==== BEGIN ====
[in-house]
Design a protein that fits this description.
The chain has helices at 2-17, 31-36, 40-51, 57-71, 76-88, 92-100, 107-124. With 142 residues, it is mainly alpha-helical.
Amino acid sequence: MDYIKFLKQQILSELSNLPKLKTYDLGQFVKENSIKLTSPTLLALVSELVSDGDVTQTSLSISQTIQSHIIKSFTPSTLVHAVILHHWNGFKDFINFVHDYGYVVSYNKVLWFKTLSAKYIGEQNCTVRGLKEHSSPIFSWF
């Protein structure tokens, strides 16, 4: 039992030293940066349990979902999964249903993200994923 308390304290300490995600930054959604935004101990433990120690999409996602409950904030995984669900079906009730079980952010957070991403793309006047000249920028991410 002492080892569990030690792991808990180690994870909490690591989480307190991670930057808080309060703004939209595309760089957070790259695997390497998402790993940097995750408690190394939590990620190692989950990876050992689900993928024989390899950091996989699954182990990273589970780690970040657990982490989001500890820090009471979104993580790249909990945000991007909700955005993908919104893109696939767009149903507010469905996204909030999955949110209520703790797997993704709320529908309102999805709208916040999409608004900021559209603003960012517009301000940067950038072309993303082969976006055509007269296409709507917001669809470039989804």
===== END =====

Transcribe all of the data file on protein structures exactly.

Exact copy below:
[in-house]
Design a protein that fits this description.
The chain has helices at 2-17, 31-36, 40-51, 57-71, 76-88, 92-100, 107-124. With 142 residues, it is mainly alpha-helical.
Amino acid sequence: MDYIKFLKQQILSELSNLPKLKTYDLGQFVKENSIKLTSPTLLALVSELVSDGDVTQTSLSISQTIQSHIIKSFTPSTLVHAVILHHWNGFKDFINFVHDYGYVVSYNKVLWFKTLSAKYIGEQNCTVRGLKEHSSPIFSWF
């Protein structure tokens, strides 16, 4: 039992030293940066349990979902999964249903993200994923 308390304290300490995600930054959604935004101990433990120690999409996602409950904030995984669900079906009730079980952010957070991403793309006047000249920028991410 002492080892569990030690792991808990180690994870909490690591989480307190991670930057808080309060703004939209595309760089957070790259695997390497998402790993940097995750408690190394939590990620190692989950990876050992689900993928024989390899950091996989699954182990990273589970780690970040657990982490989001500890820090009471979104993580790249909990945000991007909700955005993908919104893109696939767009149903507010469905996204909030999955949110209520703790797997993704709320529908309102999805709208916040999409608004900021559209603003960012517009301000940067950038072309993303082969976006055509007269296409709507917001669809470039989804």